Once a diagnosis for DDH has been achieved, hip dysplasia treatment may need to be started. In some case, baby hip dysplasia treatment isn’t needed as the baby’s hip can stabilise on its own.
Hip dysplasia baby treatment is often very effective and with early diagnosis, most children affected will develop a full range of movement in their hip, with no lasting effects.
There are a number of different treatment options for hip dysplasia, depending on how quickly the condition is diagnosed and the severity of it.
A Pavlik harness is a fabric splint that is used to treat DDH in babies. It’s simply used to secure both of your baby’s hips into a stable position as they develop naturally. It’s often used for several weeks and is worn constantly. Through follow up appointments, health professionals will check your baby’s hips and adjust the Pavlik harness where necessary. It can be challenging to changes your baby’s clothes, nappies, and other routine tasks but you should receive advice and instructions when at the hospital.
Hip dysplasia treatment may involve surgery if the condition is missed during the baby’s first months or if a Pavlik harness hasn’t been effective. The most common type of surgery is known as a reduction, this is where the ball of the femur is placed back into the hip socket. It’s a procedure that’s conducted under general anaesthetic and your child will need to wear a cast for at least six weeks following the surgery. The hip will be examined at regular points following the surgery to assess how the hip is stabilising.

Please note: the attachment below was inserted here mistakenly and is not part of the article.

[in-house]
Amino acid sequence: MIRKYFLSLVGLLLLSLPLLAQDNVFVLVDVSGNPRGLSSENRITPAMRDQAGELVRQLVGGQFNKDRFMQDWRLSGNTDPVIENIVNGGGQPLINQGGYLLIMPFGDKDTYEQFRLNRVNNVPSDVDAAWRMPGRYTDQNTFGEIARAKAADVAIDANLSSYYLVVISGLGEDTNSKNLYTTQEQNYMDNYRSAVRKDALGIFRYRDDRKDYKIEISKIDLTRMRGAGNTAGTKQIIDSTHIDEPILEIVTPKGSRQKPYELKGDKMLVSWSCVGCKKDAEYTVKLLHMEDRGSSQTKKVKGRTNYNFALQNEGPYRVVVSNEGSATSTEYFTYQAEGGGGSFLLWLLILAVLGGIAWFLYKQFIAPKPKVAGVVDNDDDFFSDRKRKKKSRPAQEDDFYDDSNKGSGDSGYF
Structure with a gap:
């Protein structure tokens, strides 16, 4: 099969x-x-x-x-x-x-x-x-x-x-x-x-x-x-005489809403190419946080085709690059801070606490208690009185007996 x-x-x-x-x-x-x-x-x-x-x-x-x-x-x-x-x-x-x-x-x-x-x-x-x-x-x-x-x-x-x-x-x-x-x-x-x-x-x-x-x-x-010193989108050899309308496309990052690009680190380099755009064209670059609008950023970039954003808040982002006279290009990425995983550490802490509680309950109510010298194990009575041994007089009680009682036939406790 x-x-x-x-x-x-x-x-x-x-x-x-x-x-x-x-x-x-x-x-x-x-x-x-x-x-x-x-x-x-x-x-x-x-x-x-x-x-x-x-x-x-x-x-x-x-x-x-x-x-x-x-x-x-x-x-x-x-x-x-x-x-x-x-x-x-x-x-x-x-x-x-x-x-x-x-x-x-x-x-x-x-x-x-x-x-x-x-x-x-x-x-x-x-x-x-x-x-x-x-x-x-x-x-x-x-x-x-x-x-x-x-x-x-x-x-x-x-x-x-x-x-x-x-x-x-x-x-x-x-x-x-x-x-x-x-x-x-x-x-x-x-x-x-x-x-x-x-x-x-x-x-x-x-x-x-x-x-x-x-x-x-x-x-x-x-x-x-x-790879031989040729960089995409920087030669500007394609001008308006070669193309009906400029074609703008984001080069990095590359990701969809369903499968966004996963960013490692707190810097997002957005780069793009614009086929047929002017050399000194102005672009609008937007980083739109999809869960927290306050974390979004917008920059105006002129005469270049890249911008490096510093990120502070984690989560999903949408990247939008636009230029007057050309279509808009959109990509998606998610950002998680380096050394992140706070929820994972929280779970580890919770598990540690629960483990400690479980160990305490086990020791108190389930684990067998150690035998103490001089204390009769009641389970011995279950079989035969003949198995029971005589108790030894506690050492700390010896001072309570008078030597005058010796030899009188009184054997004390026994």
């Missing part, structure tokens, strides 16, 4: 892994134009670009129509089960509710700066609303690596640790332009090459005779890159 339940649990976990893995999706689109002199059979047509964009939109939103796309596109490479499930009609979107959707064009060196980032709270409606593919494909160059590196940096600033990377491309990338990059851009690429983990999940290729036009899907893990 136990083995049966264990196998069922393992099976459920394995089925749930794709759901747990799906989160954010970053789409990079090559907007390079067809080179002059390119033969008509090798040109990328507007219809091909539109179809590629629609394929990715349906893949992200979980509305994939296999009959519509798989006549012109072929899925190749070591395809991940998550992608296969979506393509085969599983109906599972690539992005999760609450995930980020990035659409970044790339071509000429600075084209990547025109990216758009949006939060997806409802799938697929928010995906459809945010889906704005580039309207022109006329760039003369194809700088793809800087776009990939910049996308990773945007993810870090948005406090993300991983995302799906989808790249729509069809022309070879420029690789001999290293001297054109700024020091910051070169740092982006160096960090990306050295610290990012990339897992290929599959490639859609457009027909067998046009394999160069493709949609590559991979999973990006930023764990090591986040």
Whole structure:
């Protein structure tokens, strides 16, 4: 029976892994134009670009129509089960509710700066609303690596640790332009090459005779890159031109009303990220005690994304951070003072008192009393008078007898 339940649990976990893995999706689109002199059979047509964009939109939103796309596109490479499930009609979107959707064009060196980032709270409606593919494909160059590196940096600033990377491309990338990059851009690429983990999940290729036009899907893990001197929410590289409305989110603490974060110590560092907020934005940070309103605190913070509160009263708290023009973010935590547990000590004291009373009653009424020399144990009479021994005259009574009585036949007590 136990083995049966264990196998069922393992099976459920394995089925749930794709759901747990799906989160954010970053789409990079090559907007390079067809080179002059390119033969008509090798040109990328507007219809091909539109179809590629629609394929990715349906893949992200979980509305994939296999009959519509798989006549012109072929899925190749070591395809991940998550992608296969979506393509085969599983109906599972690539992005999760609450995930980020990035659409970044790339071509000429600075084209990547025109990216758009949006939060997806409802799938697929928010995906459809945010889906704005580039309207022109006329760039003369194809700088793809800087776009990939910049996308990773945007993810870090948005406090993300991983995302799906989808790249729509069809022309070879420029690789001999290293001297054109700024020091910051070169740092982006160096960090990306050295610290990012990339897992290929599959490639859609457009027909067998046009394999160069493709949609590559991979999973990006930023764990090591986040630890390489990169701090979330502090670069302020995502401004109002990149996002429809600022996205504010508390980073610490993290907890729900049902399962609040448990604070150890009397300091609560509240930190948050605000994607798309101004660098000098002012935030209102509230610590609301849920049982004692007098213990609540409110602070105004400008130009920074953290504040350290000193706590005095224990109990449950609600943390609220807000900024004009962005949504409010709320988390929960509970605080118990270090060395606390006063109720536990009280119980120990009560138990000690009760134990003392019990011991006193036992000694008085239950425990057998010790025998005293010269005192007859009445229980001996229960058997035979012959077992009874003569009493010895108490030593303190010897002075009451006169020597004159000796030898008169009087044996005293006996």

Closed reduction and hip spica (for children over 6 months of age) – under local anaesthetic, the hip is correctly repositioned, which is checked by an MRI or CT scan after the procedure. A special cast is applied to keep the hip in the right position and is worn for at least 12 weeks.
Open reduction (for an older child) - an operation to loosen the tendons around the hip and remove any obstacle preventing the hip from moving freely. Once the bones are in a good position, the joint is strengthened.
Other types of surgery
Where the condition is more severe, hip displacement treatment may also require bone surgery, allowing for bone deformities that may have developed to be corrected. If DDH has not been resolved by 18 months, more complicated surgery is required. This involves removing some parts of the bone and joint so that the hip can be kept in the right position.